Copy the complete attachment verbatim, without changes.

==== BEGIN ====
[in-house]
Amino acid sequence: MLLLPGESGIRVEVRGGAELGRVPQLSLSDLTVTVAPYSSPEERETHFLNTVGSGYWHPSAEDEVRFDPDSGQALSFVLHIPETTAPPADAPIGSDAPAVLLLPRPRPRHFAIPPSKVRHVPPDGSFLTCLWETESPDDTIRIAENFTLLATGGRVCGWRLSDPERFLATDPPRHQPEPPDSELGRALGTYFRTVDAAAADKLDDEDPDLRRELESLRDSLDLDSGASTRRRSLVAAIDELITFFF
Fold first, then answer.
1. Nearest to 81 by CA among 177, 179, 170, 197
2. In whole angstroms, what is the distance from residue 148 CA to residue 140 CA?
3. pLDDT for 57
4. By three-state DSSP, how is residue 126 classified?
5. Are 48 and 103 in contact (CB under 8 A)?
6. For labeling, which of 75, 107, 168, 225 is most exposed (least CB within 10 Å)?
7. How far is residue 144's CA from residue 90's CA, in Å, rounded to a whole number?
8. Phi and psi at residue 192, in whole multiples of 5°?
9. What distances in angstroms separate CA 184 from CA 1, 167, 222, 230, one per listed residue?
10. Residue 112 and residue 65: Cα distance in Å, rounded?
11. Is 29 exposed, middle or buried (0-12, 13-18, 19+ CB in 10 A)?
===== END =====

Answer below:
[in-house]
Amino acid sequence: MLLLPGESGIRVEVRGGAELGRVPQLSLSDLTVTVAPYSSPEERETHFLNTVGSGYWHPSAEDEVRFDPDSGQALSFVLHIPETTAPPADAPIGSDAPAVLLLPRPRPRHFAIPPSKVRHVPPDGSFLTCLWETESPDDTIRIAENFTLLATGGRVCGWRLSDPERFLATDPPRHQPEPPDSELGRALGTYFRTVDAAAADKLDDEDPDLRRELESLRDSLDLDSGASTRRRSLVAAIDELITFFF
Fold first, then answer.
1. Nearest to 81 by CA among 177, 179, 170, 197
2. In whole angstroms, what is the distance from residue 148 CA to residue 140 CA?
3. pLDDT for 57
4. By three-state DSSP, how is residue 126 classified?
5. Are 48 and 103 in contact (CB under 8 A)?
6. For labeling, which of 75, 107, 168, 225 is most exposed (least CB within 10 Å)?
7. How far is residue 144's CA from residue 90's CA, in Å, rounded to a whole number?
8. Phi and psi at residue 192, in whole multiples of 5°?
9. What distances in angstroms separate CA 184 from CA 1, 167, 222, 230, one per listed residue?
10. Residue 112 and residue 65: Cα distance in Å, rounded?
11. Is 29 exposed, middle or buried (0-12, 13-18, 19+ CB in 10 A)?